On September 20, the scientist presented his book "Science for Innovation: the Cuban experience" and told Sputnik about the role of biotechnology in the country's economy.
“BioCubaFarma is the most successful business group in our country. Recently, they signed an agreement to participate in the high technology sector, for further use of drugs to cure various diseases in Cuba, Russia and the Commonwealth of Independent States (CIS) countries,” Fidel Castro Diaz-Balart told Sputnik.
The scientist talked about a Cuban medicine which will be soon launched in Russia and CIS countries, Heberprot-P. According to Castro, it is a “unique product” for the treatment of diabetic foot ulcers.
“Cuban achievements in biotechnology are based on the scientific knowledge and innovation systems present in more than 200 institutions. Cuban universities have played an important role as well in the development of new products,” said Castro.
As for Russian-Cuban cooperation, Castro is very optimistic. The scientist explained that a program for scientific and technological exchange, especially in the field of public health, has been already set up.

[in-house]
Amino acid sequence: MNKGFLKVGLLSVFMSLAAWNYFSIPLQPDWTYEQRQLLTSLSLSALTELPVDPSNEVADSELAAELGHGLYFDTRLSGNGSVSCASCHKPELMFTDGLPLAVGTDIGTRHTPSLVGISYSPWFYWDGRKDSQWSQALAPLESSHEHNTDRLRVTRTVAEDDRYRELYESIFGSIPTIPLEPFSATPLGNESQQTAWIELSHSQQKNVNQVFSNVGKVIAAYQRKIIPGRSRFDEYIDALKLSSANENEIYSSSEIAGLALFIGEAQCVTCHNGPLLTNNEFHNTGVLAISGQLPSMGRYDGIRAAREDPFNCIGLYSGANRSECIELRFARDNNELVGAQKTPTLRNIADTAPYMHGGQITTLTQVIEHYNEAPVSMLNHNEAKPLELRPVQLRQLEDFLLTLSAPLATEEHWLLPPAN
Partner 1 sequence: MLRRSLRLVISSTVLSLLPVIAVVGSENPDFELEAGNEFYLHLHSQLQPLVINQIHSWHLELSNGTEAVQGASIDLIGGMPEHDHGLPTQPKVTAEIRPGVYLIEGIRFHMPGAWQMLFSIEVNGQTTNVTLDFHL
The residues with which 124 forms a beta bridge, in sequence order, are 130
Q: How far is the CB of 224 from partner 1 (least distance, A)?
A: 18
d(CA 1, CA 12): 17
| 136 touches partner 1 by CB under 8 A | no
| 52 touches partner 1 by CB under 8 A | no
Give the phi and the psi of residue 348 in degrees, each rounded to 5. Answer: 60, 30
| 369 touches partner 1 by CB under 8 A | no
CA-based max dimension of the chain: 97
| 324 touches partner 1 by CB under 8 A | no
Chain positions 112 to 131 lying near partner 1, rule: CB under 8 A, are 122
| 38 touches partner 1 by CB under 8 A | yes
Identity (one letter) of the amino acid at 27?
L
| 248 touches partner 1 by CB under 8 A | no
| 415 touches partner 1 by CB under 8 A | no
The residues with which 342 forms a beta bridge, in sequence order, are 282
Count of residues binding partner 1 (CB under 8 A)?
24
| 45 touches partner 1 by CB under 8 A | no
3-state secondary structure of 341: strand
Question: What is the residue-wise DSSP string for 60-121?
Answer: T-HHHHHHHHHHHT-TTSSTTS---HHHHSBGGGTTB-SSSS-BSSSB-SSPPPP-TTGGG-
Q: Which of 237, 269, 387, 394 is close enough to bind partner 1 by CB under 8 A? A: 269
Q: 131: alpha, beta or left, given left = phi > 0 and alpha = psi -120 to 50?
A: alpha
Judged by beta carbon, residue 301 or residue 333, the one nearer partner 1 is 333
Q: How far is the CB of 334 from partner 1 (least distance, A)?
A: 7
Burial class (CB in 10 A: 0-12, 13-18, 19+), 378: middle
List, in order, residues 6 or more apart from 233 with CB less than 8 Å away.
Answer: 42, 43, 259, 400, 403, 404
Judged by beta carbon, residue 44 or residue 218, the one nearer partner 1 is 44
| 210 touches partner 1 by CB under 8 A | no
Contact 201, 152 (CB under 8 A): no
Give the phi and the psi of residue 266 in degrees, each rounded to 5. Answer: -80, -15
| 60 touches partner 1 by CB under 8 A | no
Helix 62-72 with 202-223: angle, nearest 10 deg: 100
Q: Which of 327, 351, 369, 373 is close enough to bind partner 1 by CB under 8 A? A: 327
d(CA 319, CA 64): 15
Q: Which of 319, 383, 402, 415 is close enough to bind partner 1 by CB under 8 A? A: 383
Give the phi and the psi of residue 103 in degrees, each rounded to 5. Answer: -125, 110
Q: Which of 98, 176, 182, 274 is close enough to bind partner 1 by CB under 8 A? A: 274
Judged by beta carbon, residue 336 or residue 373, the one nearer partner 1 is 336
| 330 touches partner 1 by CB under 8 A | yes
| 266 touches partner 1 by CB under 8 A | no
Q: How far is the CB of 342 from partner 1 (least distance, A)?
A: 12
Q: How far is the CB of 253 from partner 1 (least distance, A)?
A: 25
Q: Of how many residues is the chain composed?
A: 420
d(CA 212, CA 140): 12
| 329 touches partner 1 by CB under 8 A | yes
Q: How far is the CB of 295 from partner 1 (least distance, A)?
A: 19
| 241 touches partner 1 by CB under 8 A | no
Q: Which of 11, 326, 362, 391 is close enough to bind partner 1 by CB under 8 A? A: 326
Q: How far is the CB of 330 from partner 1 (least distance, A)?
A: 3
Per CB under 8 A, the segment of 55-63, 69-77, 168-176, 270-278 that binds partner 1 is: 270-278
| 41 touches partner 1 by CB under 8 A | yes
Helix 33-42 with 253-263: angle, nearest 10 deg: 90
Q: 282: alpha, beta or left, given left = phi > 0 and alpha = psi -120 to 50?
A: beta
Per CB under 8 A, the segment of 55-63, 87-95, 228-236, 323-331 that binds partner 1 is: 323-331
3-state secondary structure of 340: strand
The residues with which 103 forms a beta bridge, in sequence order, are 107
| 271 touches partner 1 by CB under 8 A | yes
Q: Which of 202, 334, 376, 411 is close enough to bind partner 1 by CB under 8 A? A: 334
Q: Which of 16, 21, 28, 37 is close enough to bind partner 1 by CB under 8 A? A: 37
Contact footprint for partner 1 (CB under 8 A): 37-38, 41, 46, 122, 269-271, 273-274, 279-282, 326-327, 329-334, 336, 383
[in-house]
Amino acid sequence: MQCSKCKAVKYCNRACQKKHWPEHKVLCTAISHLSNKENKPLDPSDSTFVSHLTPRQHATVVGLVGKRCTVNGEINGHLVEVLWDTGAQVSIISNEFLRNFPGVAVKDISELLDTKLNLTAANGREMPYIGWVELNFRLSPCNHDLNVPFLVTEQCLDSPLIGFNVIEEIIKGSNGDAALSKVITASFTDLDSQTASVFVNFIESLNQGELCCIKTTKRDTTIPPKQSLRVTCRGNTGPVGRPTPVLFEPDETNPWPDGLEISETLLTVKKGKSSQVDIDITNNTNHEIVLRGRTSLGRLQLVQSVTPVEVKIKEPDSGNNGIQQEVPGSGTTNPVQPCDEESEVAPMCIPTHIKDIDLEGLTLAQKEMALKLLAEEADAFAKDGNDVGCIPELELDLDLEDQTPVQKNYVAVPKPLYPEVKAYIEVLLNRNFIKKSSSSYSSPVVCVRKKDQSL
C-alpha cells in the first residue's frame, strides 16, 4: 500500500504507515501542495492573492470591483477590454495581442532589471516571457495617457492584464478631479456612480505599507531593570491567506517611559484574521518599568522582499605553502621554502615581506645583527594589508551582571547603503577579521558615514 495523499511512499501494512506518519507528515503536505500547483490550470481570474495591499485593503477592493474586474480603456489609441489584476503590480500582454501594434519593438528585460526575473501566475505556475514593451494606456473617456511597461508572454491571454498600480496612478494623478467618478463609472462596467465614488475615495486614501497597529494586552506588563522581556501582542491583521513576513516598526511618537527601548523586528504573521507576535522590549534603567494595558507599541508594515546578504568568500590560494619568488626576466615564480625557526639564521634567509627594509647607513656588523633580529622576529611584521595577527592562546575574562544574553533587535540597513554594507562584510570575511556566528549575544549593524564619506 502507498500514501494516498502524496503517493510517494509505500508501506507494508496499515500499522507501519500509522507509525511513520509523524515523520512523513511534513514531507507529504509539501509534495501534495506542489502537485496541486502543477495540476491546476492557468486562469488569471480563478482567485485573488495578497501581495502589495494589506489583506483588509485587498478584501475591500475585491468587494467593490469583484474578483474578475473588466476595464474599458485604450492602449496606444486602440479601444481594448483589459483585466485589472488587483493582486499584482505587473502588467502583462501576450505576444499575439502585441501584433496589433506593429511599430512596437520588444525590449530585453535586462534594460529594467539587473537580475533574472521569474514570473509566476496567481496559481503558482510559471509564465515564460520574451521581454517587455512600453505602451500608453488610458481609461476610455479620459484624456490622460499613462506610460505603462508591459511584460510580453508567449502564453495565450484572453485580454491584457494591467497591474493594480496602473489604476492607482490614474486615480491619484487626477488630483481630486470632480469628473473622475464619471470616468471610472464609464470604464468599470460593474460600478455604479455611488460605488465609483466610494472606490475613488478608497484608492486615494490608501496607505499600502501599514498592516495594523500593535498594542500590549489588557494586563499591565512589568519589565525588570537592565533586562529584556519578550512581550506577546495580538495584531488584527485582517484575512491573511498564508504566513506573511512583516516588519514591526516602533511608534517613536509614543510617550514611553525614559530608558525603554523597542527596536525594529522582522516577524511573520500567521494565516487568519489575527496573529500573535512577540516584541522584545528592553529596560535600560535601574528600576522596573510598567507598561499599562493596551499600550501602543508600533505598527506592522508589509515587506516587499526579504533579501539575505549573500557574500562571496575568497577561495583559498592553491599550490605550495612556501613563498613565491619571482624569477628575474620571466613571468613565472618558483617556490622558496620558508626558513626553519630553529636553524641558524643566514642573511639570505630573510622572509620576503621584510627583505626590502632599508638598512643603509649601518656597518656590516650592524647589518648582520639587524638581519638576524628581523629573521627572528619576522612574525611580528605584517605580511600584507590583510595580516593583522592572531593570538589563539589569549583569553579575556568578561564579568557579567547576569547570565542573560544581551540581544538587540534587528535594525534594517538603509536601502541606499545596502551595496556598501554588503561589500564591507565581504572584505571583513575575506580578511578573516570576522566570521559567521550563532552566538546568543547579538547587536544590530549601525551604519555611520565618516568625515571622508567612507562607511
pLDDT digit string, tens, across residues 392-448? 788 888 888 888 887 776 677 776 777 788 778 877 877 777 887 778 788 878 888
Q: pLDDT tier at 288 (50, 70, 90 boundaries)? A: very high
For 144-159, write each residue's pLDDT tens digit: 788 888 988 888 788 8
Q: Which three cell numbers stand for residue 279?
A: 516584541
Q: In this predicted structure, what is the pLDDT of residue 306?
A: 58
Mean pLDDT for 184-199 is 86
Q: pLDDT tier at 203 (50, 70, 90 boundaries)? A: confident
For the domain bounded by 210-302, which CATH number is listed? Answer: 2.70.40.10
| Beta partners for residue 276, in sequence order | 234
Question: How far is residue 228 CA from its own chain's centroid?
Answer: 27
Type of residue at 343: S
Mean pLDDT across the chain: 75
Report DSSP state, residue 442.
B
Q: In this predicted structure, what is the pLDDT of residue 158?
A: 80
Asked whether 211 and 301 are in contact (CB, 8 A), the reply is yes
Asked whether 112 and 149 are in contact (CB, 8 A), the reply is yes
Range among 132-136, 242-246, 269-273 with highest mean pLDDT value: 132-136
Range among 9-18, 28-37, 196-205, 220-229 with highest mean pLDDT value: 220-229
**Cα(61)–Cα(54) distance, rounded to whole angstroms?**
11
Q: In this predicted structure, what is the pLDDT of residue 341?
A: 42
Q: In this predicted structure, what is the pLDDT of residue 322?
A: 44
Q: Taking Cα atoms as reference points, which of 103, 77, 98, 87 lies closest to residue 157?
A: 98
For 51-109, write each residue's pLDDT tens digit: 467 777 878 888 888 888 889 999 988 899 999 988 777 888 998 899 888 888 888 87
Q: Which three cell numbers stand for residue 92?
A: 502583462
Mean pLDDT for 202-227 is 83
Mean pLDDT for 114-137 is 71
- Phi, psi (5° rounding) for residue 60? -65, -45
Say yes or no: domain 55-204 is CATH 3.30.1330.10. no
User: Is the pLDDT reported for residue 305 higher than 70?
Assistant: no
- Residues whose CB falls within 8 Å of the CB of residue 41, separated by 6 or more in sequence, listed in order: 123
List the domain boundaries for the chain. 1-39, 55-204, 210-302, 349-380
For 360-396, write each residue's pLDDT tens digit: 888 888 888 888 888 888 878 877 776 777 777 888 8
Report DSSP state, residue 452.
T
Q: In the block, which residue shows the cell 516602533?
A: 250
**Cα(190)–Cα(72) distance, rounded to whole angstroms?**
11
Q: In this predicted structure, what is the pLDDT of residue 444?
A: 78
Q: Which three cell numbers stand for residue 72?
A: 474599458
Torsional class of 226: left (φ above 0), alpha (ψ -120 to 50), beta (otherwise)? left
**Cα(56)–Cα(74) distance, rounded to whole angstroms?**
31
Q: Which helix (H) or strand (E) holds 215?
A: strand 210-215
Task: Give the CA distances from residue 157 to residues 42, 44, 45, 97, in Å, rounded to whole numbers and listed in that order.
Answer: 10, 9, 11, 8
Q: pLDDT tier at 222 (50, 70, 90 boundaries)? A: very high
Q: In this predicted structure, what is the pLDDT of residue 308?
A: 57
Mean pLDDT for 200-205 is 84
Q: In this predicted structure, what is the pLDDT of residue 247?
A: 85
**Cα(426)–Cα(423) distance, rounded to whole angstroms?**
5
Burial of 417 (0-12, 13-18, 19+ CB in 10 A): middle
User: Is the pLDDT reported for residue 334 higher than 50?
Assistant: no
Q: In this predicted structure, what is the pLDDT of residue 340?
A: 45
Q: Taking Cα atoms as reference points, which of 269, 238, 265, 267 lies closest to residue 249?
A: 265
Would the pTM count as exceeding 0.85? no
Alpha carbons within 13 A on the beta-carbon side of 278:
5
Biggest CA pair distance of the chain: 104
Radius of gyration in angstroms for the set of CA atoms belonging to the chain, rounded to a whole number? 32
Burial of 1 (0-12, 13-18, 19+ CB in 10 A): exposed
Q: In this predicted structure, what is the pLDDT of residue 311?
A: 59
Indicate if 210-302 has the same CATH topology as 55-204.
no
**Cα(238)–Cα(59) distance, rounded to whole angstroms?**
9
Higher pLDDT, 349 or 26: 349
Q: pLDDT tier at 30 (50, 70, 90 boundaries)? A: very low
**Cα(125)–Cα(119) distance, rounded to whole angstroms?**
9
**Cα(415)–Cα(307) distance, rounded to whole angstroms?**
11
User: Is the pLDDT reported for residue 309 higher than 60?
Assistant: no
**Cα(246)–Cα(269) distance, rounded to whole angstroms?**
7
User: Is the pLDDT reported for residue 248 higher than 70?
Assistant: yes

“For several years, both countries have exchanged information. Cuba has strong ties with the Russian Ministry of Health. Some drugs are already present on the market, while others are in the process of getting there,” the Cuban scientist told Sputnik.
As part of this international meeting, the Skolkovo Foundation and the Cuban pharmaceutical company BioCubaFarma signed an agreement on technological trade.
In Moscow, the son of Fidel Castro also met with Russian Prime Minister, Dmitry Medvedev, and presented the book to him.
Fidel Castro Diaz-Balart is familiar with Russia as he studied in Moscow. In 1974, under the name Jose Raul Fernandez he graduated from Moscow State University with a degree in nuclear physics. Later, he received a diploma at the prestigious Kurchatov Institute of Atomic Energy. The fake name was taken for security measures. After finishing studies, Castro returned to Cuba, where he worked as the Cuban government’s advisor on scientific matters.